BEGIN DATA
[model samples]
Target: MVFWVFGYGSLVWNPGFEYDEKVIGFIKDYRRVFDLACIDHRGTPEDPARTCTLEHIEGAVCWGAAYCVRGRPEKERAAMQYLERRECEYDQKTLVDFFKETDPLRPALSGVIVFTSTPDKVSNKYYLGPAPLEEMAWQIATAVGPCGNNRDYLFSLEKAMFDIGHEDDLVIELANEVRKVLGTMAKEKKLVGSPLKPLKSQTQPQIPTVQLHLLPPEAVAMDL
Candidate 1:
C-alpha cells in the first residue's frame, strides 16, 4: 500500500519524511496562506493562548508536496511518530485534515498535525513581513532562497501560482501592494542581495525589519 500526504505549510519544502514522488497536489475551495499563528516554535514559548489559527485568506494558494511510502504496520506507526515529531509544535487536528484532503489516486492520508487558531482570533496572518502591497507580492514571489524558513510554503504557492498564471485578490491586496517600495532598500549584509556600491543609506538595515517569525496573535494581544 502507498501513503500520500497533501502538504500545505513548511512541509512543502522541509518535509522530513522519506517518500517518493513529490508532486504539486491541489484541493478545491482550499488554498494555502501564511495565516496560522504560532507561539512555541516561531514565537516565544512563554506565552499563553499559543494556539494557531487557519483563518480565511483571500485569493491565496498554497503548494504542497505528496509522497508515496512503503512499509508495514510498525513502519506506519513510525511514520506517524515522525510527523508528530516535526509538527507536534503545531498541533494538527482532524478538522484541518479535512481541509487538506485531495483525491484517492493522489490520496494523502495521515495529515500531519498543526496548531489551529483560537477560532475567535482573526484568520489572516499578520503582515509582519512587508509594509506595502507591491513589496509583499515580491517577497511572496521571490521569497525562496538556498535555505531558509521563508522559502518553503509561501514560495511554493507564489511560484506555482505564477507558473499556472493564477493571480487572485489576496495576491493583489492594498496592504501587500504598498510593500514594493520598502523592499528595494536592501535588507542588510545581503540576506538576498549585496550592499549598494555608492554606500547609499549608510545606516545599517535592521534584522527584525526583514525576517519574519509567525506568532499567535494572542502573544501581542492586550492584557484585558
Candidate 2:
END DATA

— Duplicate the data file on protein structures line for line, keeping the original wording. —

[model samples]
Target: MVFWVFGYGSLVWNPGFEYDEKVIGFIKDYRRVFDLACIDHRGTPEDPARTCTLEHIEGAVCWGAAYCVRGRPEKERAAMQYLERRECEYDQKTLVDFFKETDPLRPALSGVIVFTSTPDKVSNKYYLGPAPLEEMAWQIATAVGPCGNNRDYLFSLEKAMFDIGHEDDLVIELANEVRKVLGTMAKEKKLVGSPLKPLKSQTQPQIPTVQLHLLPPEAVAMDL
Candidate 1:
C-alpha cells in the first residue's frame, strides 16, 4: 500500500519524511496562506493562548508536496511518530485534515498535525513581513532562497501560482501592494542581495525589519 500526504505549510519544502514522488497536489475551495499563528516554535514559548489559527485568506494558494511510502504496520506507526515529531509544535487536528484532503489516486492520508487558531482570533496572518502591497507580492514571489524558513510554503504557492498564471485578490491586496517600495532598500549584509556600491543609506538595515517569525496573535494581544 502507498501513503500520500497533501502538504500545505513548511512541509512543502522541509518535509522530513522519506517518500517518493513529490508532486504539486491541489484541493478545491482550499488554498494555502501564511495565516496560522504560532507561539512555541516561531514565537516565544512563554506565552499563553499559543494556539494557531487557519483563518480565511483571500485569493491565496498554497503548494504542497505528496509522497508515496512503503512499509508495514510498525513502519506506519513510525511514520506517524515522525510527523508528530516535526509538527507536534503545531498541533494538527482532524478538522484541518479535512481541509487538506485531495483525491484517492493522489490520496494523502495521515495529515500531519498543526496548531489551529483560537477560532475567535482573526484568520489572516499578520503582515509582519512587508509594509506595502507591491513589496509583499515580491517577497511572496521571490521569497525562496538556498535555505531558509521563508522559502518553503509561501514560495511554493507564489511560484506555482505564477507558473499556472493564477493571480487572485489576496495576491493583489492594498496592504501587500504598498510593500514594493520598502523592499528595494536592501535588507542588510545581503540576506538576498549585496550592499549598494555608492554606500547609499549608510545606516545599517535592521534584522527584525526583514525576517519574519509567525506568532499567535494572542502573544501581542492586550492584557484585558
Candidate 2: